Hi all,Recently I came across two articles covering the potential pitfall of the "step transaction doctrine" in conjunction with Backdoor Roth IRAs:1. https://www.kitces.com/blog/dodging-the-income-limits-on-rot...2. https://www.irahelp.com/slottreport/backdoor-roth-conversion...This seems to be old news, but I was completely unfamiliar with this, so I am a bit concerned.Looking at my IRA to Roth conversions in the past, there have been as little as 3 days between the IRA contributions and the conversion in one year (most times between 1 to 3 weeks) and in some years they even took place in the same month (so no account statement in between the two steps). However since 2012 at least part of the money I converted was pre-tax money due to a rollover from my company's pension plan, which got terminated.Since the risk assessment in the two articles above seems to be a bit different, I am wondering, what to do at this point about my past conversions. I could undo the 2015 and 2016 conversion with a recharacterization, but it seems to be too late to do anything about the 2010 - 2014 conversions.And then it's not clear to me, whether the best course of action is to just wait this out. Although the fact that there appears to be no statue of limitations here, does make me nervous, I wouldn't want a tax issue to come up in 20 or 30 years from now (with potentially huge consequences at that time).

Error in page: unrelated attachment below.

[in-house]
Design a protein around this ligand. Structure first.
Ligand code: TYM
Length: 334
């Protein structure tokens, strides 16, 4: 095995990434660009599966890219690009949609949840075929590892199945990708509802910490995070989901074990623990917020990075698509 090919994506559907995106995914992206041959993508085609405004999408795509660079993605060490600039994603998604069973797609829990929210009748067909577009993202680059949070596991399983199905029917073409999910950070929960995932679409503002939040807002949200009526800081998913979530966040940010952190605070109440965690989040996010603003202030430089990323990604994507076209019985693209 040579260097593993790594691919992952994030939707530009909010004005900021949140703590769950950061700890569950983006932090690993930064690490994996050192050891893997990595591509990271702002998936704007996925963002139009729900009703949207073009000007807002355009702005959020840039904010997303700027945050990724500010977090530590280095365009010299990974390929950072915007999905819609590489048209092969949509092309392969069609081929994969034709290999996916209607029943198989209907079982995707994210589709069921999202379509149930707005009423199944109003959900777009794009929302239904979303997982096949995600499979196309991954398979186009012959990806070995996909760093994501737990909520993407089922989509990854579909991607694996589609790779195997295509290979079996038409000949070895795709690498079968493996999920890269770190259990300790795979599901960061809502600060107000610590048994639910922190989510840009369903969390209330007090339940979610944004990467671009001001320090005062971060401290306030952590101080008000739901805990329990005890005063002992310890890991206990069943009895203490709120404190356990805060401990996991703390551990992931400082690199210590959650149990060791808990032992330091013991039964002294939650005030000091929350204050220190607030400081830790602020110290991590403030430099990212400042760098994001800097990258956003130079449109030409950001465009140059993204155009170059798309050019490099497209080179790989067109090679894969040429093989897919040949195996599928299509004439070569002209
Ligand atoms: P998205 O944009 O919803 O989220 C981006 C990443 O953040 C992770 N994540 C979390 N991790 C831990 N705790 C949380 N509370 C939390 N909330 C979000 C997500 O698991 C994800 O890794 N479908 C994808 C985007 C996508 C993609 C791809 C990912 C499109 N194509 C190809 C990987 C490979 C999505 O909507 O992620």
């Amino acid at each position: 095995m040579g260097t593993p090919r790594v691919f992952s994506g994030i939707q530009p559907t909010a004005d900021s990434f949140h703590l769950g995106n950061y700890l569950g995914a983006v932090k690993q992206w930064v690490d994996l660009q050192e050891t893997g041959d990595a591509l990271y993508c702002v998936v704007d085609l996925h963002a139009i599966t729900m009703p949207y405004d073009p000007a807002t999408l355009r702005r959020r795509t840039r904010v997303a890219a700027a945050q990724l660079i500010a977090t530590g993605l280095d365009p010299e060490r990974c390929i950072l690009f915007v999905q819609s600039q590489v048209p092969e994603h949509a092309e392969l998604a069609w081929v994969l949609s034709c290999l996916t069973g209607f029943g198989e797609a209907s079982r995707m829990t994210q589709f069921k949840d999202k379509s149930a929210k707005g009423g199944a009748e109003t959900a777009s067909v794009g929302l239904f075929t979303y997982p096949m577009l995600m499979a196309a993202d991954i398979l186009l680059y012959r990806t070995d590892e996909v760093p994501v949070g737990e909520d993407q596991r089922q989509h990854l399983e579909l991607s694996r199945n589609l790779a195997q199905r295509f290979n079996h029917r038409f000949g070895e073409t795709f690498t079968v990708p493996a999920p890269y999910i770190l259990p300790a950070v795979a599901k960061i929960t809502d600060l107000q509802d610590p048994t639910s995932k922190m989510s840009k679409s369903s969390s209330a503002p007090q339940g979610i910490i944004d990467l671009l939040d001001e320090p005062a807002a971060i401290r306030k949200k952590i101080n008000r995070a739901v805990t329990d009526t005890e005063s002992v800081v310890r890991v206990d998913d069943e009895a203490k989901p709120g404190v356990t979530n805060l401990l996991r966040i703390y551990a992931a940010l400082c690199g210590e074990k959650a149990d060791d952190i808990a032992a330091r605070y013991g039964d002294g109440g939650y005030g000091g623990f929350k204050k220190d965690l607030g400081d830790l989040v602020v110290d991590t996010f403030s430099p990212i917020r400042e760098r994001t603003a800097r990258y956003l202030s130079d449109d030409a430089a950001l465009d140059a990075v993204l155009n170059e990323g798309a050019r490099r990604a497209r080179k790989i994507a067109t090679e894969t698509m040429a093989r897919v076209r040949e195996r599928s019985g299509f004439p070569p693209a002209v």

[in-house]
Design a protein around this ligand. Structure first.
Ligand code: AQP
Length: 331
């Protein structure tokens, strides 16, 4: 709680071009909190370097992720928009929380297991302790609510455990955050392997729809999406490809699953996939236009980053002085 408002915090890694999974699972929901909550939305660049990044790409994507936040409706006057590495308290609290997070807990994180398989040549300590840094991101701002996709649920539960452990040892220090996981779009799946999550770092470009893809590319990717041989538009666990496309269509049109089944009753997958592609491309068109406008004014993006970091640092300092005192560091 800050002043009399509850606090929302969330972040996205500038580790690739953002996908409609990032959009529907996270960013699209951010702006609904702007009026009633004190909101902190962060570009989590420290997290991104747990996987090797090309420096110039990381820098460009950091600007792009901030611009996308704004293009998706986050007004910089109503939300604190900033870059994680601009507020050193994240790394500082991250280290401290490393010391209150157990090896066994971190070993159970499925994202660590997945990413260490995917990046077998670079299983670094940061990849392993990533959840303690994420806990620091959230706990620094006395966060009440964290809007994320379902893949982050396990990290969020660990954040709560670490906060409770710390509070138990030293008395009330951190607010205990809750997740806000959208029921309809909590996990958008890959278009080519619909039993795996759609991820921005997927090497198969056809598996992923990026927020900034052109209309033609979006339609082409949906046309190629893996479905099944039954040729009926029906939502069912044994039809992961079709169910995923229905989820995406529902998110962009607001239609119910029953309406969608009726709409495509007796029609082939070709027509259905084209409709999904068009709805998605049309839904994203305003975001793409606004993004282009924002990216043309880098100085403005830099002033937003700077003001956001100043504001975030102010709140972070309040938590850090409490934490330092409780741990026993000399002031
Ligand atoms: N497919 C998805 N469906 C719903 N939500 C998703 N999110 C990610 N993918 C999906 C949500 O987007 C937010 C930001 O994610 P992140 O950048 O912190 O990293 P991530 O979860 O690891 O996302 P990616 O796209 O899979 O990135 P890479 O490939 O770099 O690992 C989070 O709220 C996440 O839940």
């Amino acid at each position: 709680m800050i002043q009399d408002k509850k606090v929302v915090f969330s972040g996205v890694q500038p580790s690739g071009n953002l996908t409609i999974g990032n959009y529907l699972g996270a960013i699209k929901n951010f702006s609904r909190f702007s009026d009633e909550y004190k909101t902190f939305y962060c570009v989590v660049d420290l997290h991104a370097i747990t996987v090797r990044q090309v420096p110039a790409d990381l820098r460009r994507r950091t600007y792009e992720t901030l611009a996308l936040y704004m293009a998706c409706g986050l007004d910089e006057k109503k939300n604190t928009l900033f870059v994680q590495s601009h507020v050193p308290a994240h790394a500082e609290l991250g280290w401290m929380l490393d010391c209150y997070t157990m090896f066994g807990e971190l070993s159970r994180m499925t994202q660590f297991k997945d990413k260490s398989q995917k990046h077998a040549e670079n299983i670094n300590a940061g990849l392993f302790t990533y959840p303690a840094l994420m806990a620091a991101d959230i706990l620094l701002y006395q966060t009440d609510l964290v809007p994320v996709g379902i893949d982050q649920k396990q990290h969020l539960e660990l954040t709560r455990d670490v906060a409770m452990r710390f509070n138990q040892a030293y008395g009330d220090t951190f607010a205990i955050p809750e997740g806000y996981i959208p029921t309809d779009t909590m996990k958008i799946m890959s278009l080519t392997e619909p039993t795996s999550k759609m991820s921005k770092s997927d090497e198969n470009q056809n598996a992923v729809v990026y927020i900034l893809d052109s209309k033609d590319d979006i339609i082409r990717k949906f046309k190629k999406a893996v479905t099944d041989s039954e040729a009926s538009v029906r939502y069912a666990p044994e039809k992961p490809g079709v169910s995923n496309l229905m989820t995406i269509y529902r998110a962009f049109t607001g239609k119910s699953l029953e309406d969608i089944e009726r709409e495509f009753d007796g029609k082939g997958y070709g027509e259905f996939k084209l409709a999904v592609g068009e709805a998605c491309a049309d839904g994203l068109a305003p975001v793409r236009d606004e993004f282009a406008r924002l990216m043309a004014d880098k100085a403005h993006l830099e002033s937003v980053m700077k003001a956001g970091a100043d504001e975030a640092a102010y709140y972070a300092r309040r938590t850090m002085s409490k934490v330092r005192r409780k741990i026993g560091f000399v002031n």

I'll stick my neck out and say Kitces is looking for problems where there are none. The backdoor Roth strategy was a well-known effect of the change in law in 2005. Congress knew exactly what they were doing when they removed the income limitation on Roth conversions. They knew they were opening the way for backdoor Roth contributions, and did so deliberately.He's also wrong when he says there is no reporting process that would allow the IRS to see this. All of the transactions in and out of an IRA account are reported to the IRS. If the IRS cared to, they could discover backdoor Roth contributions pretty easily.Frankly, this is pretty similar to most of Kitces writing. Find something remotely possible, write an eye-grabbing headline, and get web page views, which translate pretty directly into advertising revenue.--Peter
Peter,Thanks so much for your response. Very much appreciated.Bernhard
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